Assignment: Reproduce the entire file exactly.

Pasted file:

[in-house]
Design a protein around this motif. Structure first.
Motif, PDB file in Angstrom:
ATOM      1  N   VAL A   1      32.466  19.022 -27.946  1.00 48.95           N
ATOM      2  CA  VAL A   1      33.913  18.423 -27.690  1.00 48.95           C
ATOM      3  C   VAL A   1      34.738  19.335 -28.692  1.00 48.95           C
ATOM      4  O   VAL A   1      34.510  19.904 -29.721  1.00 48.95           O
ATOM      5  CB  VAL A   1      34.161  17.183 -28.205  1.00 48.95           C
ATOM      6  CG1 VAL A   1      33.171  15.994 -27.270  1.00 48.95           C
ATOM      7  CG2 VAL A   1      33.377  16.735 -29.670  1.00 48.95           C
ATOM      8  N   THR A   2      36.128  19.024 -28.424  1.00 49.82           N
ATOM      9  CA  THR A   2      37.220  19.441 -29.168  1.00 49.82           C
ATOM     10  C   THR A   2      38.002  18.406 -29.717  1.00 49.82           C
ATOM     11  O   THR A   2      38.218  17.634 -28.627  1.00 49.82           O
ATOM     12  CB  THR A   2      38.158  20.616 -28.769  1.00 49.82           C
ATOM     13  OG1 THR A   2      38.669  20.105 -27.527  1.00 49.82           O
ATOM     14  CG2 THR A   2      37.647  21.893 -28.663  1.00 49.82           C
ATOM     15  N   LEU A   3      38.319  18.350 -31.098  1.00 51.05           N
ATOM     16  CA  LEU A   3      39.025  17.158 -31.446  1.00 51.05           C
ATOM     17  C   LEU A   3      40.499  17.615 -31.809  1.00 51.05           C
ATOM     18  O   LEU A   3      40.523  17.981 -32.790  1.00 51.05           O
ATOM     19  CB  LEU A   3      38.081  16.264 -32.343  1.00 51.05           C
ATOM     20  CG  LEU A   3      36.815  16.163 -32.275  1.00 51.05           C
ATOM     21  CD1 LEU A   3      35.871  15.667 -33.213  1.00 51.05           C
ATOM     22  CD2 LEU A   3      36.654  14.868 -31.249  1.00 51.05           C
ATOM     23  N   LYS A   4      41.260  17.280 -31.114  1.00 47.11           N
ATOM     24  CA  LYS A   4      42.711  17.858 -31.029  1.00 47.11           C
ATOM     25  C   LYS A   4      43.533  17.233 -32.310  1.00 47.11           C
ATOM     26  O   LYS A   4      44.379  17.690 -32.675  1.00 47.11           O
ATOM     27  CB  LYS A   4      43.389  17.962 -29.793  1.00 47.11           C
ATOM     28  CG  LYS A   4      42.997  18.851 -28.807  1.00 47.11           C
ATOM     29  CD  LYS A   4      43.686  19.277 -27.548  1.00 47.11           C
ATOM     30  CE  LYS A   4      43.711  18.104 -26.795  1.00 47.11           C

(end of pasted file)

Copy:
[in-house]
Design a protein around this motif. Structure first.
Motif, PDB file in Angstrom:
ATOM      1  N   VAL A   1      32.466  19.022 -27.946  1.00 48.95           N
ATOM      2  CA  VAL A   1      33.913  18.423 -27.690  1.00 48.95           C
ATOM      3  C   VAL A   1      34.738  19.335 -28.692  1.00 48.95           C
ATOM      4  O   VAL A   1      34.510  19.904 -29.721  1.00 48.95           O
ATOM      5  CB  VAL A   1      34.161  17.183 -28.205  1.00 48.95           C
ATOM      6  CG1 VAL A   1      33.171  15.994 -27.270  1.00 48.95           C
ATOM      7  CG2 VAL A   1      33.377  16.735 -29.670  1.00 48.95           C
ATOM      8  N   THR A   2      36.128  19.024 -28.424  1.00 49.82           N
ATOM      9  CA  THR A   2      37.220  19.441 -29.168  1.00 49.82           C
ATOM     10  C   THR A   2      38.002  18.406 -29.717  1.00 49.82           C
ATOM     11  O   THR A   2      38.218  17.634 -28.627  1.00 49.82           O
ATOM     12  CB  THR A   2      38.158  20.616 -28.769  1.00 49.82           C
ATOM     13  OG1 THR A   2      38.669  20.105 -27.527  1.00 49.82           O
ATOM     14  CG2 THR A   2      37.647  21.893 -28.663  1.00 49.82           C
ATOM     15  N   LEU A   3      38.319  18.350 -31.098  1.00 51.05           N
ATOM     16  CA  LEU A   3      39.025  17.158 -31.446  1.00 51.05           C
ATOM     17  C   LEU A   3      40.499  17.615 -31.809  1.00 51.05           C
ATOM     18  O   LEU A   3      40.523  17.981 -32.790  1.00 51.05           O
ATOM     19  CB  LEU A   3      38.081  16.264 -32.343  1.00 51.05           C
ATOM     20  CG  LEU A   3      36.815  16.163 -32.275  1.00 51.05           C
ATOM     21  CD1 LEU A   3      35.871  15.667 -33.213  1.00 51.05           C
ATOM     22  CD2 LEU A   3      36.654  14.868 -31.249  1.00 51.05           C
ATOM     23  N   LYS A   4      41.260  17.280 -31.114  1.00 47.11           N
ATOM     24  CA  LYS A   4      42.711  17.858 -31.029  1.00 47.11           C
ATOM     25  C   LYS A   4      43.533  17.233 -32.310  1.00 47.11           C
ATOM     26  O   LYS A   4      44.379  17.690 -32.675  1.00 47.11           O
ATOM     27  CB  LYS A   4      43.389  17.962 -29.793  1.00 47.11           C
ATOM     28  CG  LYS A   4      42.997  18.851 -28.807  1.00 47.11           C
ATOM     29  CD  LYS A   4      43.686  19.277 -27.548  1.00 47.11           C
ATOM     30  CE  LYS A   4      43.711  18.104 -26.795  1.00 47.11           C